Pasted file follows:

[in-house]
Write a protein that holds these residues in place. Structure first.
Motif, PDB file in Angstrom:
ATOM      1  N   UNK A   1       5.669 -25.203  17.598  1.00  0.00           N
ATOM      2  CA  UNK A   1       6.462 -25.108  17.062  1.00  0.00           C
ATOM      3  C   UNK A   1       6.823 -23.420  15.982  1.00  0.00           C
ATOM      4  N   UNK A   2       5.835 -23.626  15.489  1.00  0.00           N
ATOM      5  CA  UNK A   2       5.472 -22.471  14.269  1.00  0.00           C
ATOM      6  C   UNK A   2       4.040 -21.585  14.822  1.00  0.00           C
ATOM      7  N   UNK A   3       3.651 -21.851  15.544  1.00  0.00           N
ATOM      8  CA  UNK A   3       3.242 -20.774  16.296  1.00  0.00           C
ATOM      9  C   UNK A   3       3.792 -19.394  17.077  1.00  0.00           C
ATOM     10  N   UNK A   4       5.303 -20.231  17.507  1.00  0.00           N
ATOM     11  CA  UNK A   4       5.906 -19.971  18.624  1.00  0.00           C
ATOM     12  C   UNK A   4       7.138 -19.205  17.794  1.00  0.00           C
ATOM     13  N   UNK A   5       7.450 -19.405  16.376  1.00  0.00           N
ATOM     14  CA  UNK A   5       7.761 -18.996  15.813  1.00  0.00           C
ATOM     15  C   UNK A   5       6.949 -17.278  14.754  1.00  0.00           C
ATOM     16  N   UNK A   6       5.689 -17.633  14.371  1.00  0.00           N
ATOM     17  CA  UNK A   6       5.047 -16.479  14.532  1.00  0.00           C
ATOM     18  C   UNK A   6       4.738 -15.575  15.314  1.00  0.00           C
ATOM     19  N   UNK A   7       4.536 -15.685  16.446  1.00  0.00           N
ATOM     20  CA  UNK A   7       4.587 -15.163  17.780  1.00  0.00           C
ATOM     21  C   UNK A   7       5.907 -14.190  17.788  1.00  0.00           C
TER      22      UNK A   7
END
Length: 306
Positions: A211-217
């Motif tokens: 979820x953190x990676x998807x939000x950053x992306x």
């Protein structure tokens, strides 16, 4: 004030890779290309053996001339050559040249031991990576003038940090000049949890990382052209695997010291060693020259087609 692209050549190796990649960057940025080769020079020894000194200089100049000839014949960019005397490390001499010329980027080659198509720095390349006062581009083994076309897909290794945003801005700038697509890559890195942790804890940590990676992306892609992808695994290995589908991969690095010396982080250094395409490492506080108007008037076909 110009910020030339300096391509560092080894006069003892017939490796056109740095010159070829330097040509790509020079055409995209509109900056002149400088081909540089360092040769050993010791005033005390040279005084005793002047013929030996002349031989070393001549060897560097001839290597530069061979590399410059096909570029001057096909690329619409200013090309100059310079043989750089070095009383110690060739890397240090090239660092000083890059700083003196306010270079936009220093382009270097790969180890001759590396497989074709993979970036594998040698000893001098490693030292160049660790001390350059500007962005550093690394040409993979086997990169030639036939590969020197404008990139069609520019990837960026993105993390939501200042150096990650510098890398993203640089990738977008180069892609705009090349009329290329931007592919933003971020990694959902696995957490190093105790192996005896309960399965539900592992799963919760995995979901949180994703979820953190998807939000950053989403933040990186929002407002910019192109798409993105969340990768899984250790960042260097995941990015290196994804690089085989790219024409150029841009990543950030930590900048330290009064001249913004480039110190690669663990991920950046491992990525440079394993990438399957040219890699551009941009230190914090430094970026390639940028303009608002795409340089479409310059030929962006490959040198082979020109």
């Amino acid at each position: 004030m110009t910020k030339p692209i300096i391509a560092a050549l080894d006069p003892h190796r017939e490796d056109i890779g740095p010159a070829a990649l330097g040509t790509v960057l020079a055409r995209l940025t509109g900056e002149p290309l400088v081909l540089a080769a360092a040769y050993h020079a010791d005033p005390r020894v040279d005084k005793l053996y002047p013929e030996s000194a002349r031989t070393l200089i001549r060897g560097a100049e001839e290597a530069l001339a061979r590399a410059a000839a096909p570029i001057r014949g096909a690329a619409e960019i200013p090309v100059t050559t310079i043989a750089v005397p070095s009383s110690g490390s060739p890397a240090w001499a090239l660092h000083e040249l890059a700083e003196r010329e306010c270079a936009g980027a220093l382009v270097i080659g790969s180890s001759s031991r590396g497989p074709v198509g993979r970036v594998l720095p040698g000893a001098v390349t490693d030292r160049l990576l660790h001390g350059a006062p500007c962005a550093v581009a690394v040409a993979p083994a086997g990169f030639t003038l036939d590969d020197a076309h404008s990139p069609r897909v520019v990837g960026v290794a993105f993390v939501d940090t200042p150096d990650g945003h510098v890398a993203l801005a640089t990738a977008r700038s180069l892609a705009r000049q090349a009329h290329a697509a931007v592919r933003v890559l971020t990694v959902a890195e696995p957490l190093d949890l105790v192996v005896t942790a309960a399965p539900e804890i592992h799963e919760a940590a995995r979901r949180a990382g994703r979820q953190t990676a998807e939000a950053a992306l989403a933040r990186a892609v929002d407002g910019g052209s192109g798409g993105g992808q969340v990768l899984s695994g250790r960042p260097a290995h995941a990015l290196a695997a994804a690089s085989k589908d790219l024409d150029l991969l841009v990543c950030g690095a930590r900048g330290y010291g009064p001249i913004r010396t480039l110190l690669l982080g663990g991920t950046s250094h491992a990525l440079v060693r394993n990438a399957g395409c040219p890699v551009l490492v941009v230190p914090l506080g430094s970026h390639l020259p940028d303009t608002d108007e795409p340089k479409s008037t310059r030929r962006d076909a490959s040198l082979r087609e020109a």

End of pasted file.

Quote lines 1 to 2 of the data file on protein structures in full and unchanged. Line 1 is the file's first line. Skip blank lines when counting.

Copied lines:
[in-house]
Write a protein that holds these residues in place. Structure first.